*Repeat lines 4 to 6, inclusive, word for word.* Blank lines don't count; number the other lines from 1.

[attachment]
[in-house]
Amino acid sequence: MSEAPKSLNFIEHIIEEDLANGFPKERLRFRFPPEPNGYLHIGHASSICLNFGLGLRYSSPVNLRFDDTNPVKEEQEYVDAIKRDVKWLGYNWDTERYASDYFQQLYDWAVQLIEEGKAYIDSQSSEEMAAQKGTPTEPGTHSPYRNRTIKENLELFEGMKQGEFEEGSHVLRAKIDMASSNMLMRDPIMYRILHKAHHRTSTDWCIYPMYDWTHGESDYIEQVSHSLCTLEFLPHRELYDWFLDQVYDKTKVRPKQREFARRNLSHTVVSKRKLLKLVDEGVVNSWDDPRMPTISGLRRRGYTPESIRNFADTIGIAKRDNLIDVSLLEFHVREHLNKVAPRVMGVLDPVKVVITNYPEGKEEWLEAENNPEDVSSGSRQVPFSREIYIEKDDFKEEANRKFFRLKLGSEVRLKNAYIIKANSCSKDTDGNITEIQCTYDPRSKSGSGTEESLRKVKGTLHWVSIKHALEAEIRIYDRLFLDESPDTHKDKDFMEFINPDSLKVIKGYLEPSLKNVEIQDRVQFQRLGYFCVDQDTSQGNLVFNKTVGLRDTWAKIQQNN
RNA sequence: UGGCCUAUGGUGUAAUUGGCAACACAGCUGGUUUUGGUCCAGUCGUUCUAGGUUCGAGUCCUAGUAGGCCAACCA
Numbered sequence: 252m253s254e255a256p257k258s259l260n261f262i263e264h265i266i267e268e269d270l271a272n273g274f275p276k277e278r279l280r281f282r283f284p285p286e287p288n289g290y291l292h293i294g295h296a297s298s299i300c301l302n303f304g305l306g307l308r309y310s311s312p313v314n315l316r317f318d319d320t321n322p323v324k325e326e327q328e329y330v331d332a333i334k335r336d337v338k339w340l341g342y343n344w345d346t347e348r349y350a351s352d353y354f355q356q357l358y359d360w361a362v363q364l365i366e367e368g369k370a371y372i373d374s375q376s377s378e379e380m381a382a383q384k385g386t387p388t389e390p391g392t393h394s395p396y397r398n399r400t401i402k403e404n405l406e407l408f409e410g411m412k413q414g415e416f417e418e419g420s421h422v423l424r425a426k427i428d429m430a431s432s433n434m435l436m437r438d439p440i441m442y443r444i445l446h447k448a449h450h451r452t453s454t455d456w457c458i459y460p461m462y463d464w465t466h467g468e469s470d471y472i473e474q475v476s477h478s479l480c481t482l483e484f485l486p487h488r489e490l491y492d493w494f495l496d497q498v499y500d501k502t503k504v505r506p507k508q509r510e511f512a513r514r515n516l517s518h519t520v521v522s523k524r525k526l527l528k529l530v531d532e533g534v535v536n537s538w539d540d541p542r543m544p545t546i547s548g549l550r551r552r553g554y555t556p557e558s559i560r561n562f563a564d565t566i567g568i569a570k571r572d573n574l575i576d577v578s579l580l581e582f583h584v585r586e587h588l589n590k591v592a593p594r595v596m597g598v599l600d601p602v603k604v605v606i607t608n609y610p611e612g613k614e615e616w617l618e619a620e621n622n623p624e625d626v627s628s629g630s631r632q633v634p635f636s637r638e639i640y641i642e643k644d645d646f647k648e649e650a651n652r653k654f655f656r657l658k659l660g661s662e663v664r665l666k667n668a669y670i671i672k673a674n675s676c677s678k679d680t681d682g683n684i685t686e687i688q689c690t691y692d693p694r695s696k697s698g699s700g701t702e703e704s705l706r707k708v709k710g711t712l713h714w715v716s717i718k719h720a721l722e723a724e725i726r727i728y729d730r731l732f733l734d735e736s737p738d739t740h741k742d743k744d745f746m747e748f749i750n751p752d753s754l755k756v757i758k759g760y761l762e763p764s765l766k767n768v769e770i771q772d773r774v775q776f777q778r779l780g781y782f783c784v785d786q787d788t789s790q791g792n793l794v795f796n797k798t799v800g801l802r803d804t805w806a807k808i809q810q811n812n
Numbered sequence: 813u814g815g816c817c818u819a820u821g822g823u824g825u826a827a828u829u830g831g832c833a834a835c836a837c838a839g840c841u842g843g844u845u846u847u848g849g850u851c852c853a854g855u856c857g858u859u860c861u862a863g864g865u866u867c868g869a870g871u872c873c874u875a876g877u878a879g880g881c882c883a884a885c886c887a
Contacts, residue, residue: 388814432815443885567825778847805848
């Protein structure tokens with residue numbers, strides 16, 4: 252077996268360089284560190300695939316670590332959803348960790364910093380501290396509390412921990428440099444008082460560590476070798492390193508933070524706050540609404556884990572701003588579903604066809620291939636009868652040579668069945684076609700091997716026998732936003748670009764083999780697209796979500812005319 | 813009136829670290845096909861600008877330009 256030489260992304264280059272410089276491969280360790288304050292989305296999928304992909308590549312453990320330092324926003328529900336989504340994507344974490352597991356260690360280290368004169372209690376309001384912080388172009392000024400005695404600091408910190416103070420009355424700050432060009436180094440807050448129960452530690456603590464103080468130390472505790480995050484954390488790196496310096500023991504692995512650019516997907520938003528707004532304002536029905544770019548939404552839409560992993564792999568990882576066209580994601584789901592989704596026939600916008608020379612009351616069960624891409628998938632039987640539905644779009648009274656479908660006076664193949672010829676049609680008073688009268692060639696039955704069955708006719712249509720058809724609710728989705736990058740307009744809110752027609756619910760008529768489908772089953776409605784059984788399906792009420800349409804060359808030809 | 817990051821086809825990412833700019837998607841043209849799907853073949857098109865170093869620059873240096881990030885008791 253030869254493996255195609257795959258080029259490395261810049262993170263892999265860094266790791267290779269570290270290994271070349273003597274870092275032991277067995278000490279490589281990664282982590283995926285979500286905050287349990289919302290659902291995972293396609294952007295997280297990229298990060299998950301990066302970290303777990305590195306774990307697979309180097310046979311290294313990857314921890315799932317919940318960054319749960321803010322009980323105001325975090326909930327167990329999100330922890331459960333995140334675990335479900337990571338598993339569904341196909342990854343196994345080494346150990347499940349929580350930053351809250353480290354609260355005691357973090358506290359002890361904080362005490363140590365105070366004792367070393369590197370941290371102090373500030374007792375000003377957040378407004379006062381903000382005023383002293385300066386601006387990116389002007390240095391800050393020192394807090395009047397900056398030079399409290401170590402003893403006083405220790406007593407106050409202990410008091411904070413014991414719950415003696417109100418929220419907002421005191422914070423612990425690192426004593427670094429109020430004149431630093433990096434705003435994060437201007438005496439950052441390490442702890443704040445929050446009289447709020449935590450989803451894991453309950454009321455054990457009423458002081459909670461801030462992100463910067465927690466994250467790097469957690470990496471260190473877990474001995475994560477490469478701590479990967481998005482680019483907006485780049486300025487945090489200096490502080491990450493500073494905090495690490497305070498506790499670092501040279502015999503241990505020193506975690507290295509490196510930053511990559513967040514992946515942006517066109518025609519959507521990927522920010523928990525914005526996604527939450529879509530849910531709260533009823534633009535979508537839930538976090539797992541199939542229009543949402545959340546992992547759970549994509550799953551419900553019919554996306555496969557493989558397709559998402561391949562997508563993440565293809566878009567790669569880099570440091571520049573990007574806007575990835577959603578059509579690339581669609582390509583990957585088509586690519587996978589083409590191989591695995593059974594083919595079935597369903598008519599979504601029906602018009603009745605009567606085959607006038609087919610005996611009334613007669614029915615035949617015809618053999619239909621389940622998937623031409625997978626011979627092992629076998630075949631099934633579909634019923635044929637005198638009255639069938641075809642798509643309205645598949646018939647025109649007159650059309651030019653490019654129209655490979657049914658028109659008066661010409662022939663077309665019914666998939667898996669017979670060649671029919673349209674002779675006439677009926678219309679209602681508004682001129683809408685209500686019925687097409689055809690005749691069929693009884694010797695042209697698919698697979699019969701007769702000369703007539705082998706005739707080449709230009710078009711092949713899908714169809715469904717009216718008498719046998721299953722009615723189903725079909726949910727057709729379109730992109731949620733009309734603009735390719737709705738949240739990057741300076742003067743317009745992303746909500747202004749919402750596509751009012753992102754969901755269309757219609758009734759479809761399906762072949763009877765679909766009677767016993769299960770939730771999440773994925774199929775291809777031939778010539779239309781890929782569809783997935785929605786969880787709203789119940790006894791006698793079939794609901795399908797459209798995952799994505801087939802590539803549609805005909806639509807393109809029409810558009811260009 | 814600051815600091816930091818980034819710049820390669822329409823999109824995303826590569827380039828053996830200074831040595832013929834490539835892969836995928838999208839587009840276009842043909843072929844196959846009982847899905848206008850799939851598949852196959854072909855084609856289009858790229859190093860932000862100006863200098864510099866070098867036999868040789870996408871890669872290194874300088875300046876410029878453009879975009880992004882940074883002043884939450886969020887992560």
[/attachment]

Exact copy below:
Numbered sequence: 252m253s254e255a256p257k258s259l260n261f262i263e264h265i266i267e268e269d270l271a272n273g274f275p276k277e278r279l280r281f282r283f284p285p286e287p288n289g290y291l292h293i294g295h296a297s298s299i300c301l302n303f304g305l306g307l308r309y310s311s312p313v314n315l316r317f318d319d320t321n322p323v324k325e326e327q328e329y330v331d332a333i334k335r336d337v338k339w340l341g342y343n344w345d346t347e348r349y350a351s352d353y354f355q356q357l358y359d360w361a362v363q364l365i366e367e368g369k370a371y372i373d374s375q376s377s378e379e380m381a382a383q384k385g386t387p388t389e390p391g392t393h394s395p396y397r398n399r400t401i402k403e404n405l406e407l408f409e410g411m412k413q414g415e416f417e418e419g420s421h422v423l424r425a426k427i428d429m430a431s432s433n434m435l436m437r438d439p440i441m442y443r444i445l446h447k448a449h450h451r452t453s454t455d456w457c458i459y460p461m462y463d464w465t466h467g468e469s470d471y472i473e474q475v476s477h478s479l480c481t482l483e484f485l486p487h488r489e490l491y492d493w494f495l496d497q498v499y500d501k502t503k504v505r506p507k508q509r510e511f512a513r514r515n516l517s518h519t520v521v522s523k524r525k526l527l528k529l530v531d532e533g534v535v536n537s538w539d540d541p542r543m544p545t546i547s548g549l550r551r552r553g554y555t556p557e558s559i560r561n562f563a564d565t566i567g568i569a570k571r572d573n574l575i576d577v578s579l580l581e582f583h584v585r586e587h588l589n590k591v592a593p594r595v596m597g598v599l600d601p602v603k604v605v606i607t608n609y610p611e612g613k614e615e616w617l618e619a620e621n622n623p624e625d626v627s628s629g630s631r632q633v634p635f636s637r638e639i640y641i642e643k644d645d646f647k648e649e650a651n652r653k654f655f656r657l658k659l660g661s662e663v664r665l666k667n668a669y670i671i672k673a674n675s676c677s678k679d680t681d682g683n684i685t686e687i688q689c690t691y692d693p694r695s696k697s698g699s700g701t702e703e704s705l706r707k708v709k710g711t712l713h714w715v716s717i718k719h720a721l722e723a724e725i726r727i728y729d730r731l732f733l734d735e736s737p738d739t740h741k742d743k744d745f746m747e748f749i750n751p752d753s754l755k756v757i758k759g760y761l762e763p764s765l766k767n768v769e770i771q772d773r774v775q776f777q778r779l780g781y782f783c784v785d786q787d788t789s790q791g792n793l794v795f796n797k798t799v800g801l802r803d804t805w806a807k808i809q810q811n812n
Numbered sequence: 813u814g815g816c817c818u819a820u821g822g823u824g825u826a827a828u829u830g831g832c833a834a835c836a837c838a839g840c841u842g843g844u845u846u847u848g849g850u851c852c853a854g855u856c857g858u859u860c861u862a863g864g865u866u867c868g869a870g871u872c873c874u875a876g877u878a879g880g881c882c883a884a885c886c887a
Contacts, residue, residue: 388814432815443885567825778847805848